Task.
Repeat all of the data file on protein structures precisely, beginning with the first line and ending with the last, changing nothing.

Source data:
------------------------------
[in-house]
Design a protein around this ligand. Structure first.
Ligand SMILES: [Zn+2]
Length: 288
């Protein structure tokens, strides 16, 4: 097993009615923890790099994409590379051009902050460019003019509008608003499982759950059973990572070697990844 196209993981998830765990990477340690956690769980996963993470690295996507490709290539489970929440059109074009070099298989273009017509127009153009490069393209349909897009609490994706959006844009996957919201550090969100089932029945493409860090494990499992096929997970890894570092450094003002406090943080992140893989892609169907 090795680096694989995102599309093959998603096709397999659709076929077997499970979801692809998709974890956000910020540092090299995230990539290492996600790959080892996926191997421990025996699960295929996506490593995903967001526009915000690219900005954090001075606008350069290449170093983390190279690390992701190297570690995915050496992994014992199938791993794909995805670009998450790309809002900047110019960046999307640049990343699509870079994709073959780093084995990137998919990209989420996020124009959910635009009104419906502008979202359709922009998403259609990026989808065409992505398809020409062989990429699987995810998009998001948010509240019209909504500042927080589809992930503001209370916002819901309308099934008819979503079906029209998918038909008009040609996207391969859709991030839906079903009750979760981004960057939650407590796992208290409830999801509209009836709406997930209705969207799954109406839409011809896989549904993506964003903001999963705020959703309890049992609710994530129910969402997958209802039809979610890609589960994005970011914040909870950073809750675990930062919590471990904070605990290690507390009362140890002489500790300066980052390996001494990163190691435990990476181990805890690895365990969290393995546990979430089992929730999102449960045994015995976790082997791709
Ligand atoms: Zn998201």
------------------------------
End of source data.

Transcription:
[in-house]
Design a protein around this ligand. Structure first.
Ligand SMILES: [Zn+2]
Length: 288
């Protein structure tokens, strides 16, 4: 097993009615923890790099994409590379051009902050460019003019509008608003499982759950059973990572070697990844 196209993981998830765990990477340690956690769980996963993470690295996507490709290539489970929440059109074009070099298989273009017509127009153009490069393209349909897009609490994706959006844009996957919201550090969100089932029945493409860090494990499992096929997970890894570092450094003002406090943080992140893989892609169907 090795680096694989995102599309093959998603096709397999659709076929077997499970979801692809998709974890956000910020540092090299995230990539290492996600790959080892996926191997421990025996699960295929996506490593995903967001526009915000690219900005954090001075606008350069290449170093983390190279690390992701190297570690995915050496992994014992199938791993794909995805670009998450790309809002900047110019960046999307640049990343699509870079994709073959780093084995990137998919990209989420996020124009959910635009009104419906502008979202359709922009998403259609990026989808065409992505398809020409062989990429699987995810998009998001948010509240019209909504500042927080589809992930503001209370916002819901309308099934008819979503079906029209998918038909008009040609996207391969859709991030839906079903009750979760981004960057939650407590796992208290409830999801509209009836709406997930209705969207799954109406839409011809896989549904993506964003903001999963705020959703309890049992609710994530129910969402997958209802039809979610890609589960994005970011914040909870950073809750675990930062919590471990904070605990290690507390009362140890002489500790300066980052390996001494990163190691435990990476181990805890690895365990969290393995546990979430089992929730999102449960045994015995976790082997791709
Ligand atoms: Zn998201």